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So, Scala is only suitable for functional programming?

From Scala Cookbook, 2nd Edition:

Scala Features

In addition to everything just stated, Scala provides a multitude of features that make it a unique and truly modern programming language:

  • It’s created by Martin Odersky—the “father” of javac—and influenced by Java, Ruby, Smalltalk, ML, Haskell, Python, Erlang, and others.
  • It’s a high-level programming language.
  • It has a concise, readable syntax—we call it expressive.
  • It’s statically typed—so you get to enjoy all the benefits of static type safety—but it feels like a dynamic scripting language.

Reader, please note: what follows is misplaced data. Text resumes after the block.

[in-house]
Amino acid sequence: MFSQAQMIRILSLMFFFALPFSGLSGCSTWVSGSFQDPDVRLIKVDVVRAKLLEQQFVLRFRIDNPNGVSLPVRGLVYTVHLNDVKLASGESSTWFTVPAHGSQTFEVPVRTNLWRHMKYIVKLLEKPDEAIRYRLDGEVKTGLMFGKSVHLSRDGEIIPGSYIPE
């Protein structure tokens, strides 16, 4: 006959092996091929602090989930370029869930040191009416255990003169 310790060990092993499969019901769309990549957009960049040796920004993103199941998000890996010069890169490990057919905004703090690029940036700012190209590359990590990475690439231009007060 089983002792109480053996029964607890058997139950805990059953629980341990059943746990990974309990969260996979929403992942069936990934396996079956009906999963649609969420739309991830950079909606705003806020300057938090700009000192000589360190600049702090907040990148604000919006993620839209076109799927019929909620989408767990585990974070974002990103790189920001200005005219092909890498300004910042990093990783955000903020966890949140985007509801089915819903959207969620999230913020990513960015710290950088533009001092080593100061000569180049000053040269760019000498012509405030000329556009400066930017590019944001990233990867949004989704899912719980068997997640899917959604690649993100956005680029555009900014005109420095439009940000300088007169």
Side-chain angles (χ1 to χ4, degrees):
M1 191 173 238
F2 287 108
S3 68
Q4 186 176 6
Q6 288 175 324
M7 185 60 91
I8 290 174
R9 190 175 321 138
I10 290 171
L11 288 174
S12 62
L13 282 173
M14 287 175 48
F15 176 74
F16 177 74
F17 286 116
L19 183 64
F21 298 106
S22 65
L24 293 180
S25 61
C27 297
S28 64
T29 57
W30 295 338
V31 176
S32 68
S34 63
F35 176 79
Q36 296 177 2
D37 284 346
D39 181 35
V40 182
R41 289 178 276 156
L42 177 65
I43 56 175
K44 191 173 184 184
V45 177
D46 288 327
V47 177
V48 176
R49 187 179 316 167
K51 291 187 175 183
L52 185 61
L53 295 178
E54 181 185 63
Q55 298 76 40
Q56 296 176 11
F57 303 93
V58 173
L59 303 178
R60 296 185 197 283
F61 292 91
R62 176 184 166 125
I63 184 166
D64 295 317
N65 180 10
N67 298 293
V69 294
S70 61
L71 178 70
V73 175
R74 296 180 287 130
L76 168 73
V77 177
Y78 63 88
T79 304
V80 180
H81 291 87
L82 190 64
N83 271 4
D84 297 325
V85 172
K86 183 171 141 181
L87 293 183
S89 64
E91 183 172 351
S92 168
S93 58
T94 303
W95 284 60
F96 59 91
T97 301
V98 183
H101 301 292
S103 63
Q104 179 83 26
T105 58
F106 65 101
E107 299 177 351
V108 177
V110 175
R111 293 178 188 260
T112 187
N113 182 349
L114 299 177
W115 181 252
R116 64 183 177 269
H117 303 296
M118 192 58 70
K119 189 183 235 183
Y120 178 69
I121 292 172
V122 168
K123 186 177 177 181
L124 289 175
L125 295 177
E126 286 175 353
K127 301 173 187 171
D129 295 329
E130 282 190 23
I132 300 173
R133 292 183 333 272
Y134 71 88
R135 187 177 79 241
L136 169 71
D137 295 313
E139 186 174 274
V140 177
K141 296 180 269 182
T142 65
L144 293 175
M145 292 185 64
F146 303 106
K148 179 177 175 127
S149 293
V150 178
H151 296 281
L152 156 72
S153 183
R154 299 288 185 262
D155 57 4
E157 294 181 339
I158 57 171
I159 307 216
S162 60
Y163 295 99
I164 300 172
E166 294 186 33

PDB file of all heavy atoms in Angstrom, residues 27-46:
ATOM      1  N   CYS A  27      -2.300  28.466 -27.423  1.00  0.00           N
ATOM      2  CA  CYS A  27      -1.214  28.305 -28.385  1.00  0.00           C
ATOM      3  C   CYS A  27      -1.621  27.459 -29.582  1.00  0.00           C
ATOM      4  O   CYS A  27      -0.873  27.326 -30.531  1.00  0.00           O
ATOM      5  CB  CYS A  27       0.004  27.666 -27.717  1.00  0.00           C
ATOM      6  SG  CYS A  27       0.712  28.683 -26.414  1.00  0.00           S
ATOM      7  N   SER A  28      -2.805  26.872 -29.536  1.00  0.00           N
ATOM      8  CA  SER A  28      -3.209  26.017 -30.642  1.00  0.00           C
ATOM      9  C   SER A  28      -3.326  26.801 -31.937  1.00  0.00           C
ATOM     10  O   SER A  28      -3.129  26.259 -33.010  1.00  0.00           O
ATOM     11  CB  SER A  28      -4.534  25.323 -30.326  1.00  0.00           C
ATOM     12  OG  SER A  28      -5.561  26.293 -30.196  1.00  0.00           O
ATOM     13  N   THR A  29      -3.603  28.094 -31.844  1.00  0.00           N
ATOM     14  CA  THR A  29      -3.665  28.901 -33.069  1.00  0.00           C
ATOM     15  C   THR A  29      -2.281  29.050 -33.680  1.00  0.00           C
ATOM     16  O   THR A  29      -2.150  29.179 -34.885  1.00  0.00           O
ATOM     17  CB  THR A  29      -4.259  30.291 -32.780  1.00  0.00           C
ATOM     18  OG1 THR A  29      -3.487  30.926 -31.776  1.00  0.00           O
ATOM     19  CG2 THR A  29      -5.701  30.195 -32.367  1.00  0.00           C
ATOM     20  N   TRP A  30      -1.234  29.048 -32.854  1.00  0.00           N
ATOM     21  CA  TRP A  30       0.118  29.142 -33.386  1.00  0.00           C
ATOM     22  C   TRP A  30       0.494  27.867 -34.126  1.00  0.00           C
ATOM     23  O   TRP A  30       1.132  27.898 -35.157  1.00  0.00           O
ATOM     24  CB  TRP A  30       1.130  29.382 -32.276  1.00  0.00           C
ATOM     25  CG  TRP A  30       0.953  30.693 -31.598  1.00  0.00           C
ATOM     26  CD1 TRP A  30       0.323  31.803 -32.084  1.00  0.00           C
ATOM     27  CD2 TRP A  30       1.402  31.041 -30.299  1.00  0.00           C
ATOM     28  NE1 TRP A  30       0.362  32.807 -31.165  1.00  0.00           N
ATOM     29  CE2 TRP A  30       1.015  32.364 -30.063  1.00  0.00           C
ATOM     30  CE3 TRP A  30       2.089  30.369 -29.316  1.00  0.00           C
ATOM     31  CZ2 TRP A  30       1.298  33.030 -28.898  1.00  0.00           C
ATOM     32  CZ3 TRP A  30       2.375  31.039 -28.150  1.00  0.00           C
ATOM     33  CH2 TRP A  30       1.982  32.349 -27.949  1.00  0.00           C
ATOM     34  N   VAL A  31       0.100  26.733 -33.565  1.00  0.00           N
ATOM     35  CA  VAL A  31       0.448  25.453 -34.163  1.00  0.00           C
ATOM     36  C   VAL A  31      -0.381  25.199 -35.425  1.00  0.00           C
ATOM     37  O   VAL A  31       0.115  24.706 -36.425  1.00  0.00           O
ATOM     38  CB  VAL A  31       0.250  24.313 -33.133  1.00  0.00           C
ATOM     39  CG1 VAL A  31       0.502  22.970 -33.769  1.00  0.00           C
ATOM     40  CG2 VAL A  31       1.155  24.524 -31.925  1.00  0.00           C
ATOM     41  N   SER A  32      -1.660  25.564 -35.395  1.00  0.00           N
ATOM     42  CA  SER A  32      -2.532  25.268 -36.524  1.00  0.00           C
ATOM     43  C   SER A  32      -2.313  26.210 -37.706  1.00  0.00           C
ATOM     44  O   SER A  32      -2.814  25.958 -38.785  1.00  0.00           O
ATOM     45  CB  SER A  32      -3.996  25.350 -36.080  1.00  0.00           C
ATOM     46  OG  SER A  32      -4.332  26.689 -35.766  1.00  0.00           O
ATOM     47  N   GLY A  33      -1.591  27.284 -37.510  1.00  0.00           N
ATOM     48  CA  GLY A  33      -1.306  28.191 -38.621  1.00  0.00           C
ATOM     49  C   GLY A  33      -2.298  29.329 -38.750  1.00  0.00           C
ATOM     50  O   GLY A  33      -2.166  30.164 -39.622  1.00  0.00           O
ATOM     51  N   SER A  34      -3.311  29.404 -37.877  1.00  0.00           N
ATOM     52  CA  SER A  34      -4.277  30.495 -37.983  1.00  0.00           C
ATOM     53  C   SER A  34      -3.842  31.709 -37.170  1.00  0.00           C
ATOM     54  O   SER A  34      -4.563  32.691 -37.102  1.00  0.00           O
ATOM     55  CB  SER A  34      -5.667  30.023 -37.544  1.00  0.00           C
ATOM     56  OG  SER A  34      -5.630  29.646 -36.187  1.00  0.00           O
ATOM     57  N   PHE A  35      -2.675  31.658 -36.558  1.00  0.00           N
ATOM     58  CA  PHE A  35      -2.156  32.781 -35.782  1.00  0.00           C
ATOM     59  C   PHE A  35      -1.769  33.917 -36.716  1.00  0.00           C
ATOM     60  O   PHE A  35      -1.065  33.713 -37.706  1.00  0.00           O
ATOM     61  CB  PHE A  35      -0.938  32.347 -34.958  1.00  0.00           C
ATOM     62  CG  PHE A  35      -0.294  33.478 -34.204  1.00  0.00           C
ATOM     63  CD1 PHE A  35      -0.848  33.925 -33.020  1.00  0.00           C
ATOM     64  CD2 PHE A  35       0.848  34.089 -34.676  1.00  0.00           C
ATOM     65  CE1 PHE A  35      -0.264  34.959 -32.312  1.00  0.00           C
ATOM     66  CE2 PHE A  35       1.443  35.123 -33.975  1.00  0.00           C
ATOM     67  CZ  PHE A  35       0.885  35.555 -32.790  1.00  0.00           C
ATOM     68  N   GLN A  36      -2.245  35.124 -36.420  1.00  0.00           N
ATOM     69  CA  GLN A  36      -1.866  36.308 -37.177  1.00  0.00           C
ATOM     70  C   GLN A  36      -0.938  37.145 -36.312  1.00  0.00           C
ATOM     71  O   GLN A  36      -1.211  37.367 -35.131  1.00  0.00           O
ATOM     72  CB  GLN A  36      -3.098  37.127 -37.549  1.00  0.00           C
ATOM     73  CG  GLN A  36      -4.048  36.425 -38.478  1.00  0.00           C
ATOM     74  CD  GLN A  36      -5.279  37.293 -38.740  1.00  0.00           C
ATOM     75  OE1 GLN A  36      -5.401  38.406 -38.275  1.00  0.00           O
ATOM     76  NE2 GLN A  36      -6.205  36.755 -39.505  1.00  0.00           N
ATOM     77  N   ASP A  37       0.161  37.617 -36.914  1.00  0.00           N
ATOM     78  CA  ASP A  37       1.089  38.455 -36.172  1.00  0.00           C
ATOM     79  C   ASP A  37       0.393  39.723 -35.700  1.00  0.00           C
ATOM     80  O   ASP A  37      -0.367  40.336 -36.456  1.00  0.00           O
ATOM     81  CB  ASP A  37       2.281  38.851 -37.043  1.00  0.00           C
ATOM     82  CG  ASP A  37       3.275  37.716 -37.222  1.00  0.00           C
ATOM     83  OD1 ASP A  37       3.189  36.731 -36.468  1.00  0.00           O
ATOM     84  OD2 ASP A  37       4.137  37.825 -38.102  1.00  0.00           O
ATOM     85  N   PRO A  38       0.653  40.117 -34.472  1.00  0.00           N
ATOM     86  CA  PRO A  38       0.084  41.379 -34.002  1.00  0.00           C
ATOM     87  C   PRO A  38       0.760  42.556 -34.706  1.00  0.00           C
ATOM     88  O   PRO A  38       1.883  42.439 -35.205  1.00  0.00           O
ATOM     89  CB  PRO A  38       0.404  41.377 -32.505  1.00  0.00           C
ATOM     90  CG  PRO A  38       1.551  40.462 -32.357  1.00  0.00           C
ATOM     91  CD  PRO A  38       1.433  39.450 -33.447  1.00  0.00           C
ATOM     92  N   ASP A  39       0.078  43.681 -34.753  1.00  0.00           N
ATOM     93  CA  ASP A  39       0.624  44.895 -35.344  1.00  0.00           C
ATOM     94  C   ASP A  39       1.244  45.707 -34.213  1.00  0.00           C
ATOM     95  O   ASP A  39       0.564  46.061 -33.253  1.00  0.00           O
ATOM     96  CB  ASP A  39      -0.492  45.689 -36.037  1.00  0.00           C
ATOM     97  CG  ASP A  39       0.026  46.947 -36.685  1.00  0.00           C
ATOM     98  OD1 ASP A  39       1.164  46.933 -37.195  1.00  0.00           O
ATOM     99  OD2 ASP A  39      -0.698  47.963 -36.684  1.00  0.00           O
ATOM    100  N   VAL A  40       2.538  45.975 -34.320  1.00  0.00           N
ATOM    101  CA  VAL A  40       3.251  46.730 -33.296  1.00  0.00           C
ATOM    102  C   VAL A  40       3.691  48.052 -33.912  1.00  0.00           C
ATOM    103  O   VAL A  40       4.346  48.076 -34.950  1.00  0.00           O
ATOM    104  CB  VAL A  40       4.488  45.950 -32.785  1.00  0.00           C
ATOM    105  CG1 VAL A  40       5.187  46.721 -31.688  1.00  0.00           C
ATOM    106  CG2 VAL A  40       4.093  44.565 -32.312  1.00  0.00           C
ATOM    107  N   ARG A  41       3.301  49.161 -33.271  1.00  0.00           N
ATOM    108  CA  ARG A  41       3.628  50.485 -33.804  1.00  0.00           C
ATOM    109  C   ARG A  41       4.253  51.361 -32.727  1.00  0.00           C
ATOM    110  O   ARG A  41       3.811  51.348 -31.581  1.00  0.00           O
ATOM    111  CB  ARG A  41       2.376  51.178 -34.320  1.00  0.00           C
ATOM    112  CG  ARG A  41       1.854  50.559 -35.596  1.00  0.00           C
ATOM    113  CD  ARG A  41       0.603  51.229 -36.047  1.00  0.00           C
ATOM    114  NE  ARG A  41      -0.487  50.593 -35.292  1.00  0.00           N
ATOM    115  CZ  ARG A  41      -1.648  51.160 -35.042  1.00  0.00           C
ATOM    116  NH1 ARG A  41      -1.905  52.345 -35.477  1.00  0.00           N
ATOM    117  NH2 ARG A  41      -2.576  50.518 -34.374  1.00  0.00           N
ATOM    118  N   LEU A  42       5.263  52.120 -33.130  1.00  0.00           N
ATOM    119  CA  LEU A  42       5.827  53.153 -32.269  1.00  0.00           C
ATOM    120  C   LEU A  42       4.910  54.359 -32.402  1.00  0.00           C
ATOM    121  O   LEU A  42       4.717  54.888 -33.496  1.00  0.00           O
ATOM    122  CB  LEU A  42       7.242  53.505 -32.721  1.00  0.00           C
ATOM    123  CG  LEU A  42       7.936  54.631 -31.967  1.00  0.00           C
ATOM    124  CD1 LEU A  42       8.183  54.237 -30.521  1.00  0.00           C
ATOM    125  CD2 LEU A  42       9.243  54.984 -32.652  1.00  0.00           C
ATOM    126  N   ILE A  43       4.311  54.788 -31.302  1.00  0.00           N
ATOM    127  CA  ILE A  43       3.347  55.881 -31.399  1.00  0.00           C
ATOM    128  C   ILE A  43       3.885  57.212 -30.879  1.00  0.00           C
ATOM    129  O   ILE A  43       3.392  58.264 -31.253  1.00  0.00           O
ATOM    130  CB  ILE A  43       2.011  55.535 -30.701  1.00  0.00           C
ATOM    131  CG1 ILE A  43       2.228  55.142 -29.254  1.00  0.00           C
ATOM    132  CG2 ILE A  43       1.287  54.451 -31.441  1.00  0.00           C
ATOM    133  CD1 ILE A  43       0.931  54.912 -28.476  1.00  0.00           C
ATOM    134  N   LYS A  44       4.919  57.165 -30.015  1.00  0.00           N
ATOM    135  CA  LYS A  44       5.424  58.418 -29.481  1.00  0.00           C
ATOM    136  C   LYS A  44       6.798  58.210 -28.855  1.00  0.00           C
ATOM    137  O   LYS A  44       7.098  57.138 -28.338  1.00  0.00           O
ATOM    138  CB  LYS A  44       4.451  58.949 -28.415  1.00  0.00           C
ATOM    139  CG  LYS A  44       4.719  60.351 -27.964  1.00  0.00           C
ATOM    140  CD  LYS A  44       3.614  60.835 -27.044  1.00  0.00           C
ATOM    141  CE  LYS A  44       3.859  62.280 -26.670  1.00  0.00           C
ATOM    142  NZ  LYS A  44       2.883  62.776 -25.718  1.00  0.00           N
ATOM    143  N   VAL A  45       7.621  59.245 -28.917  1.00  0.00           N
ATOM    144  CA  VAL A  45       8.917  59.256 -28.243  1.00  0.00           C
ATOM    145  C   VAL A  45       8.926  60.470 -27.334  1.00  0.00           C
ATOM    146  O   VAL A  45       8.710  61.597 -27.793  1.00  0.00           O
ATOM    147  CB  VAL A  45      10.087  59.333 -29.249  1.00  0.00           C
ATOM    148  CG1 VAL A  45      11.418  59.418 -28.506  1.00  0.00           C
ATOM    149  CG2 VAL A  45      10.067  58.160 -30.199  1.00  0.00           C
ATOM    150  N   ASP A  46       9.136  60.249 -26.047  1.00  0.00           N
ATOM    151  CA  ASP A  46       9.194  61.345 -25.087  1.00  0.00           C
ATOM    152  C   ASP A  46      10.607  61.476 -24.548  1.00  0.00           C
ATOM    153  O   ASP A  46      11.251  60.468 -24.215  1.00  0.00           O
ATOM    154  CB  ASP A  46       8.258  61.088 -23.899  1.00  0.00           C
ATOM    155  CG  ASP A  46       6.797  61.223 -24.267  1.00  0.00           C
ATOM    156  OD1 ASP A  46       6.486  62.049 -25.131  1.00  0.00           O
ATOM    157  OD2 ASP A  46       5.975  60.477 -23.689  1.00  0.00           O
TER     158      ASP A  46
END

• It’s a pure object-oriented programming (OOP) language; every variable is an object, and every operator is a method.
  • It’s also a functional programming (FP) language, so you can pass functions around as variables.
  • Indeed, the essence of Scala is, as Mr. Odersky puts it, that it’s a fusion of FP and OOP in a typed setting, with:
    • Functions for the logic
    • Objects for the modularity
  • It runs on the JVM, and thanks to the Scala.js project, it’s also a type-safe JavaScript replacement.
  • It interacts seamlessly with Java and other JVM libraries.
  • Thanks to GraalVM and Scala Native, you can now create fast-starting native executables from your Scala code.
  • The innovative Scala collections library has dozens of prebuilt functional methods to save you time and greatly reduces the need to write custom for loops and algorithms.